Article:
ANSWER: Yes, we offer free staging sites via our partnership with WP StageCoach. These staging sites are hosted remotely to maintain the highest level of speed and security for our clients’ production servers. You should know that these staging sites are meant for short-term testing of new features and so forth, and are not free long-term hosting of any sort. If you stop logging into your staging site after around 3 weeks, it will be automatically deleted by WP StageCoach in order for them to keep their system slim and also for privacy/security reasons.
LINK (E.G.): https://www.littlebizzy.com/wp-admin/admin.php?page=wpstagecoach
While certain managed WordPress hosting companies like to overload their system with various features, at LittleBizzy our top priorities are speed, stability, and security. Enabling staging sites on the same servers as origin sites means also enabling multiple MySQL databases and/or multiple WordPress installations, multiple (sub)domains, and so forth. As our web hosting network assigns each client their own dedicated IP address and cloud VPS server, offering i.e. dev.littlebizzy.com also would not work either. In line with our philosophy, we recommend you properly compartmentalize and instead use an off-server solution such as WP Stagecoach if you truly need a staging area (or use a cheap shared hosting company for staging i.e. HostGator). Ultimately, we believe that on-server staging environments are a poor idea that jeopardize security and rarely (if ever) get properly cleaned up or deleted when they are finished being used.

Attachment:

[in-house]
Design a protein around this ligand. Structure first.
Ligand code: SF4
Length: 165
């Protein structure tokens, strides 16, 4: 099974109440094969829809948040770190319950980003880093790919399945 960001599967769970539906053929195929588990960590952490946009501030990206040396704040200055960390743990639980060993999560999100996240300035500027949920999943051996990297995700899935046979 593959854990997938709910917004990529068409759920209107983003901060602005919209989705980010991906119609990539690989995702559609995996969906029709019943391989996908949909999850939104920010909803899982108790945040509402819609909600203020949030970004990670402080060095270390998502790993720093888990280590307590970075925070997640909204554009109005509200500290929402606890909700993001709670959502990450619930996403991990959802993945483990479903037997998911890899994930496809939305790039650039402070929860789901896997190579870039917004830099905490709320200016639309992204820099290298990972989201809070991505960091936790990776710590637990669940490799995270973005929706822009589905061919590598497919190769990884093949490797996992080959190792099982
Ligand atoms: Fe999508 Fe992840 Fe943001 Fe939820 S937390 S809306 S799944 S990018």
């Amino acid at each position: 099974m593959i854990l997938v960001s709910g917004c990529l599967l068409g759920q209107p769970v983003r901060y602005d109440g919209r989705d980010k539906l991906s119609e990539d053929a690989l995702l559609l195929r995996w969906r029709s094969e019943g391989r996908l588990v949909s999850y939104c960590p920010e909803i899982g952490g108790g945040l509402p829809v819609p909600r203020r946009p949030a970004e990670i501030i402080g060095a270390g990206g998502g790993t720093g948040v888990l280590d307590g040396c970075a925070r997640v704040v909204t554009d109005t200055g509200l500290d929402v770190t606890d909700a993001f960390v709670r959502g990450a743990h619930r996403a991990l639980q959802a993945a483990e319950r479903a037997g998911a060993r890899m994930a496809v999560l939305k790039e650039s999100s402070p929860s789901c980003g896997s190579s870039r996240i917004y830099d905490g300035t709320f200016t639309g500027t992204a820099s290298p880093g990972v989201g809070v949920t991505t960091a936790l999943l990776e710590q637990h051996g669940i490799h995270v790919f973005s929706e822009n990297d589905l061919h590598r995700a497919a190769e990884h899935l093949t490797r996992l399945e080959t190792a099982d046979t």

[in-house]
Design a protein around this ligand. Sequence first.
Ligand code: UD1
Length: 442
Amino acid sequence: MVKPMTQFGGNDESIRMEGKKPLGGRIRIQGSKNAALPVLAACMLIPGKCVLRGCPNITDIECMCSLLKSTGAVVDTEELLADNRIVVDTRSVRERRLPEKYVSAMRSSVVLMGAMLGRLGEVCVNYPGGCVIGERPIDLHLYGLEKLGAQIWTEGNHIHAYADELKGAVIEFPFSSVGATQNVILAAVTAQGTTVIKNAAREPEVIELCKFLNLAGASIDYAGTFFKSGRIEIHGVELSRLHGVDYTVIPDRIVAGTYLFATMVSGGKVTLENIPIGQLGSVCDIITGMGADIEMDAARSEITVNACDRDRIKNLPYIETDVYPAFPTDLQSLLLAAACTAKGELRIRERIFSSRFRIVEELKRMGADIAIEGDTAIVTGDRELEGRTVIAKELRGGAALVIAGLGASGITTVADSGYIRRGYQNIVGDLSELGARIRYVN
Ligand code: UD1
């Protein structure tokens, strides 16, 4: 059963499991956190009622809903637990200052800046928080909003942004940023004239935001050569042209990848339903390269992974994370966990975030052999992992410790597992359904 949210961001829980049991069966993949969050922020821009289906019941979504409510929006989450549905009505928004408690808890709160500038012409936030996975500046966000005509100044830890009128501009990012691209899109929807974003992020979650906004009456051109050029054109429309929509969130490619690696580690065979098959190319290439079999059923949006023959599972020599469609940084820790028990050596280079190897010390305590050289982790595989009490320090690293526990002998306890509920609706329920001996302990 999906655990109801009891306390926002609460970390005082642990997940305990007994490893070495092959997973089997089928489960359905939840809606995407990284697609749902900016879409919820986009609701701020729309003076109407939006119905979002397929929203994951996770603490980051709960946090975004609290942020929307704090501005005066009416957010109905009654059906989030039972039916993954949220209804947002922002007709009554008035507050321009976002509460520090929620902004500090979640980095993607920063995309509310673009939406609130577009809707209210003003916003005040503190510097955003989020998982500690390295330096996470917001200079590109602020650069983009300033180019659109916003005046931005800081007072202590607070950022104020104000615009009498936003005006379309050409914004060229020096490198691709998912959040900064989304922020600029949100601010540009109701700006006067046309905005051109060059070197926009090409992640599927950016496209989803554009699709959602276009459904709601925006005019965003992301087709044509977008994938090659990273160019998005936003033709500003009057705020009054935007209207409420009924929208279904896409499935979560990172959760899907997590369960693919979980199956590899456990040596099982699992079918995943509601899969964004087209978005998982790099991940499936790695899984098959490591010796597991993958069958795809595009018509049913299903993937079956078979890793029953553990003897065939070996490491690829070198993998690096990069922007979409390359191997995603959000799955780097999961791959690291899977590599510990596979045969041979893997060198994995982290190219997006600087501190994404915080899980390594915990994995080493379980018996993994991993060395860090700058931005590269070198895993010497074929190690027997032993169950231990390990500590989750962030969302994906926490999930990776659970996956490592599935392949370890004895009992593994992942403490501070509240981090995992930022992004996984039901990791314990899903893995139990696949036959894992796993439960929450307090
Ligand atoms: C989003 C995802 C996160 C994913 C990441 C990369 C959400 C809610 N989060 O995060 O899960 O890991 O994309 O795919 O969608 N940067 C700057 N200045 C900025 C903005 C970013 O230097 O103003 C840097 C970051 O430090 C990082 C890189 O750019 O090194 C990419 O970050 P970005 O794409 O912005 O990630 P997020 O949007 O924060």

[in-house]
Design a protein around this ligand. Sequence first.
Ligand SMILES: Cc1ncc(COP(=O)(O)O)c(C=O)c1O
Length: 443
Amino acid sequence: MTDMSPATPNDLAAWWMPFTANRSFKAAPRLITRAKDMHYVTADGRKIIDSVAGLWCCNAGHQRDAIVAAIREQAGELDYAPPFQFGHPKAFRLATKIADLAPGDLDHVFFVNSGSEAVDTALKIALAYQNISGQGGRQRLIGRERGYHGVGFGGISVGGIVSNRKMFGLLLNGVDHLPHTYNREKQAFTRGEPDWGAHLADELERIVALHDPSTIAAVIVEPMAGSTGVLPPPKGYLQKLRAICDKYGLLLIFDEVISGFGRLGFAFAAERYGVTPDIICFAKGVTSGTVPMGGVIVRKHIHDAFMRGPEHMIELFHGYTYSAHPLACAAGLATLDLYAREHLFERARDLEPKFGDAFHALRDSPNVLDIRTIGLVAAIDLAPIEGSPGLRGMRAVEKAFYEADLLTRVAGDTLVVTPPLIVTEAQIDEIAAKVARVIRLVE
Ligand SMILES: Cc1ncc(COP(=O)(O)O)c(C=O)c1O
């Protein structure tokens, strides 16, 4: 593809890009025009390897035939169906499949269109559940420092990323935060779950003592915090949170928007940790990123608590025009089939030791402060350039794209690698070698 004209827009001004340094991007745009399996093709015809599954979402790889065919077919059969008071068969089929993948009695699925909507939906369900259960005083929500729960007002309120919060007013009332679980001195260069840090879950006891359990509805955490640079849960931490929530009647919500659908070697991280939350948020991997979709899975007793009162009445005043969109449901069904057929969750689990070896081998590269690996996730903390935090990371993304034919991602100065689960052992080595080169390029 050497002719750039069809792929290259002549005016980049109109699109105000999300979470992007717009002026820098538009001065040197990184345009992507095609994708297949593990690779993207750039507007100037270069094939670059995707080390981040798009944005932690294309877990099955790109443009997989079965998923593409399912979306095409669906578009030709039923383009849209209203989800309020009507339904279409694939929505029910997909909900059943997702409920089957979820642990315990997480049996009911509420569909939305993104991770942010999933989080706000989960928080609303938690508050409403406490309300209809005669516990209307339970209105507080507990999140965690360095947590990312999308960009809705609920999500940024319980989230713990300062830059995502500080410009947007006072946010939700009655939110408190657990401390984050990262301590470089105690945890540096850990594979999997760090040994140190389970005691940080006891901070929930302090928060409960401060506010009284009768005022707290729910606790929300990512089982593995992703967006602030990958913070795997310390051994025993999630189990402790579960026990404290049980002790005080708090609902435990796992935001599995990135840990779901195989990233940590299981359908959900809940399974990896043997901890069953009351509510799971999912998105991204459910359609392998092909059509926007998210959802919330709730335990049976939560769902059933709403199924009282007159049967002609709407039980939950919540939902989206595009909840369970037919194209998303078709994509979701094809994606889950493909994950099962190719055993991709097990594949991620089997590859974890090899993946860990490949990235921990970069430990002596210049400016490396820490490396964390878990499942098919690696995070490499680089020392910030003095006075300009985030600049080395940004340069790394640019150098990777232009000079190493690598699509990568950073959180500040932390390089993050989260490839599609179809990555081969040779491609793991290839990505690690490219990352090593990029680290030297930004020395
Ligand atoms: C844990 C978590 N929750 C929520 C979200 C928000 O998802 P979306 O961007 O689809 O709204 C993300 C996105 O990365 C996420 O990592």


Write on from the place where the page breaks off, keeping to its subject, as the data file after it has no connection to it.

Update: We no longer provide staging sites of any kind:
Another more recent trend is to use a single Git repo (such as GitHub) for each domain’s development work. For example, for example.com you could launch a new repo (public or private) and then create a “branch” for each “stage” in your dev workflow, such as A) dev B) staging C) production. From there you can use LittleBizzy server as your production server, and sync back and forth with your repo and/or staging server as appropriate. Do be aware that WordPress Core files are always managed by our system, and most of the time your plugins shouldn’t be included in your repo either (because they don’t get customized by your team). Instead, it has become a typical workflow to only keep your custom WordPress theme in the repo, along with any custom functions your site uses in functions.php (in your theme directory).
Our forthcoming “pseudo-fork” of WordPress Core called Shelby (similar to Roots’ Bedrock boilerplate) is also going to be managed/installed/updated by our servers, so again just make sure you are only working on your theme files (or any custom plugin maintained by your team) and nothing else. And of course be sure not to expose your config details such as database passwords in wp-config.php in any public facing Git repo.